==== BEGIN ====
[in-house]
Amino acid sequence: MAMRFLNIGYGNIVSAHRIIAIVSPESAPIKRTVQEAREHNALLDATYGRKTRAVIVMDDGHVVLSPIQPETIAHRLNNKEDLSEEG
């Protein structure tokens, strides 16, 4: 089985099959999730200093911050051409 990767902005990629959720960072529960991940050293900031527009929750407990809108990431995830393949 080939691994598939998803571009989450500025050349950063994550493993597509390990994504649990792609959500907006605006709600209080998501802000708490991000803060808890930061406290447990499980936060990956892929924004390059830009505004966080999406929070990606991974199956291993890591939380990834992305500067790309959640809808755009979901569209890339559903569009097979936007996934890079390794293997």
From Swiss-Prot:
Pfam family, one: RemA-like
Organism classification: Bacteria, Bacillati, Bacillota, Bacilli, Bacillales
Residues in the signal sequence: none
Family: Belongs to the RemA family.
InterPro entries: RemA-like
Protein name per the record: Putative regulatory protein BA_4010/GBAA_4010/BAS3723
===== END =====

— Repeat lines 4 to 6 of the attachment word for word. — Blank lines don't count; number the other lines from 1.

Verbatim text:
From Swiss-Prot:
Pfam family, one: RemA-like
Organism classification: Bacteria, Bacillati, Bacillota, Bacilli, Bacillales